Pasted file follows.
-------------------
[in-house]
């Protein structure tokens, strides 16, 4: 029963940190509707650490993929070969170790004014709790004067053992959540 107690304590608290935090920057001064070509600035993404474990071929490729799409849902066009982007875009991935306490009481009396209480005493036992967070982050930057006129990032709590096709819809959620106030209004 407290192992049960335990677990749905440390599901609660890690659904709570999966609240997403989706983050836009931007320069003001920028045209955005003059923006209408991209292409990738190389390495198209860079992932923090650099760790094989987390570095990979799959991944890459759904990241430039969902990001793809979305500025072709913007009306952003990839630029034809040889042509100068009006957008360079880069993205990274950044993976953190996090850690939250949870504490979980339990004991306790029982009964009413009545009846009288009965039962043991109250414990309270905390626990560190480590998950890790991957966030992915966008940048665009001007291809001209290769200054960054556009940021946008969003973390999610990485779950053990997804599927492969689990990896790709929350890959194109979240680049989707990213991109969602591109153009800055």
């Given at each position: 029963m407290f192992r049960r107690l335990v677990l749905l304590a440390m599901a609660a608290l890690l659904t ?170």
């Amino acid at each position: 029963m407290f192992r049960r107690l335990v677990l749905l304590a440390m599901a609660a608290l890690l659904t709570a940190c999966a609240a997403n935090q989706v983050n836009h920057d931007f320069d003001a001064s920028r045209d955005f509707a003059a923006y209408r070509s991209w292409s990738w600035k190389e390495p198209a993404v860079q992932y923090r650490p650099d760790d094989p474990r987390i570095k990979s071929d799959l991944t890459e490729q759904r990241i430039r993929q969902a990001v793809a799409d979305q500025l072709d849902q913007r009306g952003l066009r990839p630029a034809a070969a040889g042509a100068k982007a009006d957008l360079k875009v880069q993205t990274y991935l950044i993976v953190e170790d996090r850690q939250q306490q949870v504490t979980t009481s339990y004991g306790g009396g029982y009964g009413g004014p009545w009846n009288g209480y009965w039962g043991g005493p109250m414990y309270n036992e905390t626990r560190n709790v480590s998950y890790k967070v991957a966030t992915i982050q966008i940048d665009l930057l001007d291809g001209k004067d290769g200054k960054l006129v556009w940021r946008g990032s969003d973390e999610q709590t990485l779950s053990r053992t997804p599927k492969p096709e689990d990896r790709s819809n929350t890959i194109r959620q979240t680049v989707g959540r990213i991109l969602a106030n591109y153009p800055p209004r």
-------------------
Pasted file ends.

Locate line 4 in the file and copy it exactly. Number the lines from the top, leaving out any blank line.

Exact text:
């Amino acid at each position: 029963m407290f192992r049960r107690l335990v677990l749905l304590a440390m599901a609660a608290l890690l659904t709570a940190c999966a609240a997403n935090q989706v983050n836009h920057d931007f320069d003001a001064s920028r045209d955005f509707a003059a923006y209408r070509s991209w292409s990738w600035k190389e390495p198209a993404v860079q992932y923090r650490p650099d760790d094989p474990r987390i570095k990979s071929d799959l991944t890459e490729q759904r990241i430039r993929q969902a990001v793809a799409d979305q500025l072709d849902q913007r009306g952003l066009r990839p630029a034809a070969a040889g042509a100068k982007a009006d957008l360079k875009v880069q993205t990274y991935l950044i993976v953190e170790d996090r850690q939250q306490q949870v504490t979980t009481s339990y004991g306790g009396g029982y009964g009413g004014p009545w009846n009288g209480y009965w039962g043991g005493p109250m414990y309270n036992e905390t626990r560190n709790v480590s998950y890790k967070v991957a966030t992915i982050q966008i940048d665009l930057l001007d291809g001209k004067d290769g200054k960054l006129v556009w940021r946008g990032s969003d973390e999610q709590t990485l779950s053990r053992t997804p599927k492969p096709e689990d990896r790709s819809n929350t890959i194109r959620q979240t680049v989707g959540r990213i991109l969602a106030n591109y153009p800055p209004r």